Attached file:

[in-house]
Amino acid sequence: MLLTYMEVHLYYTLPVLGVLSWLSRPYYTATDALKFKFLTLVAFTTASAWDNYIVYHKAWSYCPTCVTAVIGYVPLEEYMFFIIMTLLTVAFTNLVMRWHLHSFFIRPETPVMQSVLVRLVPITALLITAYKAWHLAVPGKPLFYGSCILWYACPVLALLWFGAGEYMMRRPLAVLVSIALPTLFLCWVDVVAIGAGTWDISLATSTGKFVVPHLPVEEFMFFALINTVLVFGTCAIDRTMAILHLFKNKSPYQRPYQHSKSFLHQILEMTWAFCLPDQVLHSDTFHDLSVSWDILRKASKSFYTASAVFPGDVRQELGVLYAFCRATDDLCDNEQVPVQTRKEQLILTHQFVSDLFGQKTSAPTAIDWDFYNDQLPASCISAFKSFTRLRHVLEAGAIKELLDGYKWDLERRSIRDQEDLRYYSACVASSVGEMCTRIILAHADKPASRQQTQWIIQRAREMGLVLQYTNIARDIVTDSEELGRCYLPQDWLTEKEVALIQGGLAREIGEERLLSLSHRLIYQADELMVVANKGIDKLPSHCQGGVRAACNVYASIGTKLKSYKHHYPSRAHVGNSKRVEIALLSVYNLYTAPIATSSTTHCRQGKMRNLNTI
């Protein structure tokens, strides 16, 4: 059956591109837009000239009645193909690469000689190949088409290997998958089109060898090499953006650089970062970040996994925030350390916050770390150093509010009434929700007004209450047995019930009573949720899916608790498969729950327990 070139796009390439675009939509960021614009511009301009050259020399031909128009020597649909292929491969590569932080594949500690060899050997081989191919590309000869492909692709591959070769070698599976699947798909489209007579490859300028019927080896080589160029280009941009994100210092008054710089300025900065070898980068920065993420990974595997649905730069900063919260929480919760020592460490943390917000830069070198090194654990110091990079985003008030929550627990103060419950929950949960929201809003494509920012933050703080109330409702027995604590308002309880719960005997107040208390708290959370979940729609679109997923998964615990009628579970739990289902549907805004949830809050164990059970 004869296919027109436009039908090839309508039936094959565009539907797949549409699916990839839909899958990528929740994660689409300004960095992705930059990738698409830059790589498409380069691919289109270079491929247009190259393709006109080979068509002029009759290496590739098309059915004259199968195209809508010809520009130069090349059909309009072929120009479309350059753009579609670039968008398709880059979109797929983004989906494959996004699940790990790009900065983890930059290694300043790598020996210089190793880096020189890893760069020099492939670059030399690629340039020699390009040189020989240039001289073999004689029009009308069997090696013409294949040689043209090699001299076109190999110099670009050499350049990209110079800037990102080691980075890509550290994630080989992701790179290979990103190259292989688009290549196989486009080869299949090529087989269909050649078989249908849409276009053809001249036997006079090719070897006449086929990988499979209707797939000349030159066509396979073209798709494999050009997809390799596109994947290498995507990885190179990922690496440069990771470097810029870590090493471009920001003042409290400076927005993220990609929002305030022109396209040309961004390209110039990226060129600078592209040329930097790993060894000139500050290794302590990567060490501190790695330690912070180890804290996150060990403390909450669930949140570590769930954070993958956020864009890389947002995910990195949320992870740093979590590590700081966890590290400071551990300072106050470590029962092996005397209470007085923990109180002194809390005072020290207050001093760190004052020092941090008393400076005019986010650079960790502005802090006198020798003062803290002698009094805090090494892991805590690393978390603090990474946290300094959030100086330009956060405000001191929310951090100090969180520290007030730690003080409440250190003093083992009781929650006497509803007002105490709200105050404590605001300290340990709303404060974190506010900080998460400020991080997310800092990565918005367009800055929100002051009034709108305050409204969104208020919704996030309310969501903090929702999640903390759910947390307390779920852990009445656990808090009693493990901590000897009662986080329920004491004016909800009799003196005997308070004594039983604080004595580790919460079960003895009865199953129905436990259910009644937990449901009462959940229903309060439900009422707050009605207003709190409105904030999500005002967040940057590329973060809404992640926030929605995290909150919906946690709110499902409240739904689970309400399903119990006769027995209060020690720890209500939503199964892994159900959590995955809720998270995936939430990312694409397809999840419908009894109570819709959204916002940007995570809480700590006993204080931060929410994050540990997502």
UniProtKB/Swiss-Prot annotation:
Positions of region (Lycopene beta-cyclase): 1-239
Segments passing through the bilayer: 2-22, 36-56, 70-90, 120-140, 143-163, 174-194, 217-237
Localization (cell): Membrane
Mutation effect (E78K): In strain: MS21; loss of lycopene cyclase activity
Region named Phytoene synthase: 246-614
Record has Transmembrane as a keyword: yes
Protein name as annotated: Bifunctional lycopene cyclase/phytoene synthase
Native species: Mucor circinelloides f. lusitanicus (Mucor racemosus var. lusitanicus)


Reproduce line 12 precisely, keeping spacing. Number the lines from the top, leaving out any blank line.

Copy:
Native species: Mucor circinelloides f. lusitanicus (Mucor racemosus var. lusitanicus)